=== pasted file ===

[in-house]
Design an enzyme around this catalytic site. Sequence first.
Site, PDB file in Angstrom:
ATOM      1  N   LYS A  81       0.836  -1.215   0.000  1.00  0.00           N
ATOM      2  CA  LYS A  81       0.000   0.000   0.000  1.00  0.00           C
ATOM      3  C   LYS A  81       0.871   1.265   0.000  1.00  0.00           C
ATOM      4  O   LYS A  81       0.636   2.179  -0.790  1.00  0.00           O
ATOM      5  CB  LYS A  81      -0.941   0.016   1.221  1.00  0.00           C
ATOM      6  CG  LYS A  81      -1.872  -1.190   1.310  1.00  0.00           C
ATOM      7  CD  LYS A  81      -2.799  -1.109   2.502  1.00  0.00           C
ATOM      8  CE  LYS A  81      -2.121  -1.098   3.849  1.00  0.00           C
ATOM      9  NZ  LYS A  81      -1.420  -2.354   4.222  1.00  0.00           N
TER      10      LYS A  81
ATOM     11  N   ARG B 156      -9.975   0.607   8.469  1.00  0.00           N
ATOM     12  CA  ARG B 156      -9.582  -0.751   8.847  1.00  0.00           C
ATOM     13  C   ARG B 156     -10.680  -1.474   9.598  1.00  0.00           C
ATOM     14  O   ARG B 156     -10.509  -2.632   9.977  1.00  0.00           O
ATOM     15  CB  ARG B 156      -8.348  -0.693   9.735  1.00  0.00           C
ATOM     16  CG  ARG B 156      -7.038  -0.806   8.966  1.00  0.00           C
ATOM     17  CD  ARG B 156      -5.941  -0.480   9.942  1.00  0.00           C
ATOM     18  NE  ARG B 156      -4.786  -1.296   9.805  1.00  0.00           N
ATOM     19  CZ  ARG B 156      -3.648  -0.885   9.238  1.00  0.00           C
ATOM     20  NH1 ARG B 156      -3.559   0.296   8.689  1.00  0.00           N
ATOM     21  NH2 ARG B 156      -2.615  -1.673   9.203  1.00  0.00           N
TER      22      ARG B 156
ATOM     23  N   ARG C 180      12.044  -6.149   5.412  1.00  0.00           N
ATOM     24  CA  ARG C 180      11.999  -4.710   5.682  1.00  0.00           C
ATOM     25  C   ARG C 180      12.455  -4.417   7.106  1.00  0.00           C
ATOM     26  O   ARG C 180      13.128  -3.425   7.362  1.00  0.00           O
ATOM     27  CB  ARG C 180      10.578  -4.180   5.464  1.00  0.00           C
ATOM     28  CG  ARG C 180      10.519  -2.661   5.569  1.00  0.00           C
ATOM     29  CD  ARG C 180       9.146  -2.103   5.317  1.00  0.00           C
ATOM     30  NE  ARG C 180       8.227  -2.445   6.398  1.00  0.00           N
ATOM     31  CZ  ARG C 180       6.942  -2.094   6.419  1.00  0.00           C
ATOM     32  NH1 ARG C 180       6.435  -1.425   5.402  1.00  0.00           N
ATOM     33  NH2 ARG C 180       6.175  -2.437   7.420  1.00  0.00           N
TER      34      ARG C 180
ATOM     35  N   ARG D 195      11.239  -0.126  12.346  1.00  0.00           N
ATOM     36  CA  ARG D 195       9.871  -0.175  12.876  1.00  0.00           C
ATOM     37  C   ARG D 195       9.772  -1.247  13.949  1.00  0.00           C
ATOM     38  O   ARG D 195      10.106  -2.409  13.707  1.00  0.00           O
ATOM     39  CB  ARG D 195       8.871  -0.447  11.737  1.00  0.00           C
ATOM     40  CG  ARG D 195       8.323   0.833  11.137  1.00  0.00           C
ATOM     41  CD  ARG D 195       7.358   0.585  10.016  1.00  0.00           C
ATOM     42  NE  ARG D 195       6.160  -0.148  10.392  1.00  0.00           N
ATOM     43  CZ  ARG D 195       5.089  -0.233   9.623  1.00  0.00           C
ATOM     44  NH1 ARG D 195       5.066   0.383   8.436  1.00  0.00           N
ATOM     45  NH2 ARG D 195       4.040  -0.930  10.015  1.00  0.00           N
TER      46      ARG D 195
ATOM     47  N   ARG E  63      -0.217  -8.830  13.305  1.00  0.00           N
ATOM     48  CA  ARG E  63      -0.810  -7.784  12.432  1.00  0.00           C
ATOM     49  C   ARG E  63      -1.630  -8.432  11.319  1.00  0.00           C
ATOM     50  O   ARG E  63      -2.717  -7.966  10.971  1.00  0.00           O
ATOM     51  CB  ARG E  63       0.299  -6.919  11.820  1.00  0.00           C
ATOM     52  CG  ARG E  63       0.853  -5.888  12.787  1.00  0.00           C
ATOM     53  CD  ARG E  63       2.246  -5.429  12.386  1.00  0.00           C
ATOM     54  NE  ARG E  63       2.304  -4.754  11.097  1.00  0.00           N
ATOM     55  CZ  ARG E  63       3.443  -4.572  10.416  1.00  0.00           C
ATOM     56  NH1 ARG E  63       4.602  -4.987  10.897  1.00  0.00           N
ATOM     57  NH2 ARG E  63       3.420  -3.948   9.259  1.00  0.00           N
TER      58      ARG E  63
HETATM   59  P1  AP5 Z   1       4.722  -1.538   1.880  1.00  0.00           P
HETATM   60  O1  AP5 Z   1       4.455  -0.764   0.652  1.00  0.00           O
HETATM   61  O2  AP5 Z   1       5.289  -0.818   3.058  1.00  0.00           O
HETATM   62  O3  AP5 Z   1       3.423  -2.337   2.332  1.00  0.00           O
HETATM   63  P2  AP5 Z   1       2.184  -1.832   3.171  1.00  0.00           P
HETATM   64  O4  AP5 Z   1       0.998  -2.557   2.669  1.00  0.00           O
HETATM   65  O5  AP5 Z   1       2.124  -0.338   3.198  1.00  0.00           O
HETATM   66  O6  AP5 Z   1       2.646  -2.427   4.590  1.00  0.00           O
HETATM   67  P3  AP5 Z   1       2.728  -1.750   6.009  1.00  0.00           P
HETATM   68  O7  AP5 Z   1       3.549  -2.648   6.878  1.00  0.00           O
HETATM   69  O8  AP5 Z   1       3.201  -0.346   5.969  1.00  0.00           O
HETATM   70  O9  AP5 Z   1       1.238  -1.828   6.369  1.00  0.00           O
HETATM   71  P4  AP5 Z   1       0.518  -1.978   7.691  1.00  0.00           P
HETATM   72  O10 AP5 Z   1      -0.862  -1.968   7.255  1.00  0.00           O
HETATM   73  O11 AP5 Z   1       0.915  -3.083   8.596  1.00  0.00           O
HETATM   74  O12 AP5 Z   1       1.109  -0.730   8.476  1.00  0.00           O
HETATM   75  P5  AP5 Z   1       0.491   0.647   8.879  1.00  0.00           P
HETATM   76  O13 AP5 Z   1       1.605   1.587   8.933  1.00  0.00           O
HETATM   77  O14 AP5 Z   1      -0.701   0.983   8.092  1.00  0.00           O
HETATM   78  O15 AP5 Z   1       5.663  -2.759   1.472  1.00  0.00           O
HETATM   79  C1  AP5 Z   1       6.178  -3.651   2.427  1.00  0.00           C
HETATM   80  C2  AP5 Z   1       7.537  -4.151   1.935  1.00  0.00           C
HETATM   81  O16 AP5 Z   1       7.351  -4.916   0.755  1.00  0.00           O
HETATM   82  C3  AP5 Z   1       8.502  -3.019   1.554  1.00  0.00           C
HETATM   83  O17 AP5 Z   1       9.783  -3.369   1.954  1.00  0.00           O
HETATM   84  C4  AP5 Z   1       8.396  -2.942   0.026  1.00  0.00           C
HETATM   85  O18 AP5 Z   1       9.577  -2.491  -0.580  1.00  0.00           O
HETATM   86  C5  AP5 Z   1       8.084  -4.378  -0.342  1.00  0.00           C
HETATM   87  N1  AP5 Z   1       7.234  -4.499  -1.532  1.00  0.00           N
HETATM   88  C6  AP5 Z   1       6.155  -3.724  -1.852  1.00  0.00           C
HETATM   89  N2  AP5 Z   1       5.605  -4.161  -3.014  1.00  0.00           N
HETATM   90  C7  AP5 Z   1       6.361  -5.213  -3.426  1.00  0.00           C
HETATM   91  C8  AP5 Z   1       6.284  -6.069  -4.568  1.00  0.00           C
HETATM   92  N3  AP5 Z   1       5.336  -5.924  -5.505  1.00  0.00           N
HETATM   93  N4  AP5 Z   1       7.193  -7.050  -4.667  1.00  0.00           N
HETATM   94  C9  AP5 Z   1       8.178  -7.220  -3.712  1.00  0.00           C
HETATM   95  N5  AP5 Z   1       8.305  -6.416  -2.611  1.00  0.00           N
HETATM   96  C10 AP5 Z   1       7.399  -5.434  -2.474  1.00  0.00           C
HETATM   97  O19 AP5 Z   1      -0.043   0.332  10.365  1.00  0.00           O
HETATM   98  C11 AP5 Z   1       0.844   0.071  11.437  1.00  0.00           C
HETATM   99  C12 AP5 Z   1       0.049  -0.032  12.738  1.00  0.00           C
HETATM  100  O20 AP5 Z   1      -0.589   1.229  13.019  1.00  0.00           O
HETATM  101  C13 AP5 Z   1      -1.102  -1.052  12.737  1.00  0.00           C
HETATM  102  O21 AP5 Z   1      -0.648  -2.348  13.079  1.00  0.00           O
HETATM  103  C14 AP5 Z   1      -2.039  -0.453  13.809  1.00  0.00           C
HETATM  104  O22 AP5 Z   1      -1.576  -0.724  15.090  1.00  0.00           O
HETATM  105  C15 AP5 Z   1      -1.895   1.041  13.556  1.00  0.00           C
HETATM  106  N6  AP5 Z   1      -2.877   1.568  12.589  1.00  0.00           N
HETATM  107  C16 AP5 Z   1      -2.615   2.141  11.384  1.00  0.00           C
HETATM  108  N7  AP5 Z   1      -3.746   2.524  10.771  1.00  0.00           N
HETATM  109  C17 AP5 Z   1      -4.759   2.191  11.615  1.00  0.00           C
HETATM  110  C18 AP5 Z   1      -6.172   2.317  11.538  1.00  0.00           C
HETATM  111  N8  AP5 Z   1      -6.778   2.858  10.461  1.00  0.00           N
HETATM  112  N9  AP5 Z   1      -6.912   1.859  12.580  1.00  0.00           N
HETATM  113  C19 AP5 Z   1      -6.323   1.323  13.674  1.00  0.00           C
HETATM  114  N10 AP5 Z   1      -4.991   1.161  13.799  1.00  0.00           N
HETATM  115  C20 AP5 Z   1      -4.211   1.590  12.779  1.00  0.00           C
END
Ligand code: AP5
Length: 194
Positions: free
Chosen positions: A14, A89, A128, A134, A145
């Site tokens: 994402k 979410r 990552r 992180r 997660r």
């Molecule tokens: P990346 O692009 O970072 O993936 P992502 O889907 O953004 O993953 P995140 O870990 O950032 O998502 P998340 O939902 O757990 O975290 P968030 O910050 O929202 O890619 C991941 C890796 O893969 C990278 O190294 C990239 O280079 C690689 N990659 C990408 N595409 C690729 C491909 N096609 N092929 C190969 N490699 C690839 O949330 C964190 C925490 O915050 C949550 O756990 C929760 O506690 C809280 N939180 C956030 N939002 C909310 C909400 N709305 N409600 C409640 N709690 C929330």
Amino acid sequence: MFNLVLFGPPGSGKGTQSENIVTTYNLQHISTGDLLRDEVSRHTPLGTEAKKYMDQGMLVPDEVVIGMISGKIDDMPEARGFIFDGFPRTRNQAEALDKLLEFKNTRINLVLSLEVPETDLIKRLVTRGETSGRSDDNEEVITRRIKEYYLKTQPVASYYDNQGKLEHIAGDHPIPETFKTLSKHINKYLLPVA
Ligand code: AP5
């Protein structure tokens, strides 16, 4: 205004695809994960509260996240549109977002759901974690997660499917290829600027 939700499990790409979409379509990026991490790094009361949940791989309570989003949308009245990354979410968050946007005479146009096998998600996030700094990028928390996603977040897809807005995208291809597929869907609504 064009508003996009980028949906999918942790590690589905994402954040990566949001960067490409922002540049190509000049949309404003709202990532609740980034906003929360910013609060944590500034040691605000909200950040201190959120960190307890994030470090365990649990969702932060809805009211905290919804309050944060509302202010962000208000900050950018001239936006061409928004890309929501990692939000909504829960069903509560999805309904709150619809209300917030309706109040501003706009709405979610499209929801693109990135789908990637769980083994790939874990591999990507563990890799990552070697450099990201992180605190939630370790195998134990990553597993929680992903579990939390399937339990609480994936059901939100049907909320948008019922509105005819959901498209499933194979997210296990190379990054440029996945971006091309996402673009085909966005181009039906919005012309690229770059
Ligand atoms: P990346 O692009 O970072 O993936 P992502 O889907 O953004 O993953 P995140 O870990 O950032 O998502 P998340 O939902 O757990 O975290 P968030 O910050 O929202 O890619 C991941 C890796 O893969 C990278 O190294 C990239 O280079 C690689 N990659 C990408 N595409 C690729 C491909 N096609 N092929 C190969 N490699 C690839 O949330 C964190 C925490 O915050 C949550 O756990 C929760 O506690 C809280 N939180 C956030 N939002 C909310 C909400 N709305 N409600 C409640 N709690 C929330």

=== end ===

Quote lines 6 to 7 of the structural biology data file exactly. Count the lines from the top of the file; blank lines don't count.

ATOM      3  C   LYS A  81       0.871   1.265   0.000  1.00  0.00           C
ATOM      4  O   LYS A  81       0.636   2.179  -0.790  1.00  0.00           O